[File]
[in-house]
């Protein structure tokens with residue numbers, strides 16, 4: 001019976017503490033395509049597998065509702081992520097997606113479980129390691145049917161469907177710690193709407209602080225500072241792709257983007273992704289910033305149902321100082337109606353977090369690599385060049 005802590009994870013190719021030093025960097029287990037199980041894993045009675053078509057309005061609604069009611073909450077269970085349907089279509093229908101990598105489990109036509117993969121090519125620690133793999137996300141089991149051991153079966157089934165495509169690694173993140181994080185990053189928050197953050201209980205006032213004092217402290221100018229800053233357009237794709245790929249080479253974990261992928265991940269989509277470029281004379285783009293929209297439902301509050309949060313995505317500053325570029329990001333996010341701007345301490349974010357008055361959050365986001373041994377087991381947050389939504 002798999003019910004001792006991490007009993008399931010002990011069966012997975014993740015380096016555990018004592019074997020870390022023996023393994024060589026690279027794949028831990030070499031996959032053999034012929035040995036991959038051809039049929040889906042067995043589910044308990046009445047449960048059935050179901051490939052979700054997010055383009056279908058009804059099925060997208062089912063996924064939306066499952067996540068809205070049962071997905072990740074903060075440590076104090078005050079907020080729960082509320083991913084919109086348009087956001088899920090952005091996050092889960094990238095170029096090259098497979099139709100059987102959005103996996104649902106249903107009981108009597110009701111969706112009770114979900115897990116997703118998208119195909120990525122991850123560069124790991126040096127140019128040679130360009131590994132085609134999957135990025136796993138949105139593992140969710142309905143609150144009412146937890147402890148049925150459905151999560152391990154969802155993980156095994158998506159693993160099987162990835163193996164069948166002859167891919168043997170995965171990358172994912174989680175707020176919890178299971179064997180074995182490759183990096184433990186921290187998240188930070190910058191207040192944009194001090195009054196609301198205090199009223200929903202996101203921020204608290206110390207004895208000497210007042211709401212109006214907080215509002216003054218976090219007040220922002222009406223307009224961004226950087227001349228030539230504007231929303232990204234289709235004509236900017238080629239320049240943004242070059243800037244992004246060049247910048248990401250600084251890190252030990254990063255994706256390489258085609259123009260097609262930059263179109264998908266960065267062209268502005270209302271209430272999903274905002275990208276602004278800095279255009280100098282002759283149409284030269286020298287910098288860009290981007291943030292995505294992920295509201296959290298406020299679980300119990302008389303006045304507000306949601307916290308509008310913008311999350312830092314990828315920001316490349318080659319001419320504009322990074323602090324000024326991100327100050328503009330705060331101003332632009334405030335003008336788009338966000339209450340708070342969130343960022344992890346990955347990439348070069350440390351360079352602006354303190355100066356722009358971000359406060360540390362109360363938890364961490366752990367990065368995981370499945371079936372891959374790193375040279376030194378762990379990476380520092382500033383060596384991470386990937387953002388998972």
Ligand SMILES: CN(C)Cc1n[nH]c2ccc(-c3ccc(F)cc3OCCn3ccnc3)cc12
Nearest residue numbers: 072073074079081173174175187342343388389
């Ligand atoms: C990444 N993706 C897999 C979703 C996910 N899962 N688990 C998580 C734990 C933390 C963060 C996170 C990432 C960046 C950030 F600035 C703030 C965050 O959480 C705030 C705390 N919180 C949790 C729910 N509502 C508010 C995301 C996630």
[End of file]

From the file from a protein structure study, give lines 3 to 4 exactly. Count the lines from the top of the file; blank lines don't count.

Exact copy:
Ligand SMILES: CN(C)Cc1n[nH]c2ccc(-c3ccc(F)cc3OCCn3ccnc3)cc12
Nearest residue numbers: 072073074079081173174175187342343388389